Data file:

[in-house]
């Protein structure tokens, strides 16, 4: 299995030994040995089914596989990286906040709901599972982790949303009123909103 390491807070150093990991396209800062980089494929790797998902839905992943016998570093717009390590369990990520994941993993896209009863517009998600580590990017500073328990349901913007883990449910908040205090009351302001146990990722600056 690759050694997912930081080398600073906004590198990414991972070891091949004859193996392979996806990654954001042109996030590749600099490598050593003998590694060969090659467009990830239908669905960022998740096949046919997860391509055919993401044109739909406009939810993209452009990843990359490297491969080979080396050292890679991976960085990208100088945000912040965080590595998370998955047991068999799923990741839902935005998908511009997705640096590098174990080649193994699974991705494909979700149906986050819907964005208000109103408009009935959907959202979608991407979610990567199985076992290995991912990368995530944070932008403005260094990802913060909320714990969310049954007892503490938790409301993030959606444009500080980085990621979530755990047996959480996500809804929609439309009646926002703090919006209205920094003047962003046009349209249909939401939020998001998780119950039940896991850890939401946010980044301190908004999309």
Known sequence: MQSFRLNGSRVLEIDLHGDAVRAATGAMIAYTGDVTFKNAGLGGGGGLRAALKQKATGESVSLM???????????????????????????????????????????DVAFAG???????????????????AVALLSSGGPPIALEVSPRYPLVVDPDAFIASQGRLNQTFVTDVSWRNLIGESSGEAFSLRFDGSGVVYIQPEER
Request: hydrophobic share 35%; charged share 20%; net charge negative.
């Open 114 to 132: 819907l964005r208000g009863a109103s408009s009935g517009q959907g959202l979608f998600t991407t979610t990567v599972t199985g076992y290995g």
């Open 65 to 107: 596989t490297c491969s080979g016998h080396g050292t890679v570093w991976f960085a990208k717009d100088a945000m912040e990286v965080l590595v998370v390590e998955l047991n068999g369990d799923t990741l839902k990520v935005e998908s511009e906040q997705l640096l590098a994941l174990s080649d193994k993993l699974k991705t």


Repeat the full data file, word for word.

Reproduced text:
[in-house]
């Protein structure tokens, strides 16, 4: 299995030994040995089914596989990286906040709901599972982790949303009123909103 390491807070150093990991396209800062980089494929790797998902839905992943016998570093717009390590369990990520994941993993896209009863517009998600580590990017500073328990349901913007883990449910908040205090009351302001146990990722600056 690759050694997912930081080398600073906004590198990414991972070891091949004859193996392979996806990654954001042109996030590749600099490598050593003998590694060969090659467009990830239908669905960022998740096949046919997860391509055919993401044109739909406009939810993209452009990843990359490297491969080979080396050292890679991976960085990208100088945000912040965080590595998370998955047991068999799923990741839902935005998908511009997705640096590098174990080649193994699974991705494909979700149906986050819907964005208000109103408009009935959907959202979608991407979610990567199985076992290995991912990368995530944070932008403005260094990802913060909320714990969310049954007892503490938790409301993030959606444009500080980085990621979530755990047996959480996500809804929609439309009646926002703090919006209205920094003047962003046009349209249909939401939020998001998780119950039940896991850890939401946010980044301190908004999309």
Known sequence: MQSFRLNGSRVLEIDLHGDAVRAATGAMIAYTGDVTFKNAGLGGGGGLRAALKQKATGESVSLM???????????????????????????????????????????DVAFAG???????????????????AVALLSSGGPPIALEVSPRYPLVVDPDAFIASQGRLNQTFVTDVSWRNLIGESSGEAFSLRFDGSGVVYIQPEER
Request: hydrophobic share 35%; charged share 20%; net charge negative.
């Open 114 to 132: 819907l964005r208000g009863a109103s408009s009935g517009q959907g959202l979608f998600t991407t979610t990567v599972t199985g076992y290995g």
């Open 65 to 107: 596989t490297c491969s080979g016998h080396g050292t890679v570093w991976f960085a990208k717009d100088a945000m912040e990286v965080l590595v998370v390590e998955l047991n068999g369990d799923t990741l839902k990520v935005e998908s511009e906040q997705l640096l590098a994941l174990s080649d193994k993993l699974k991705t």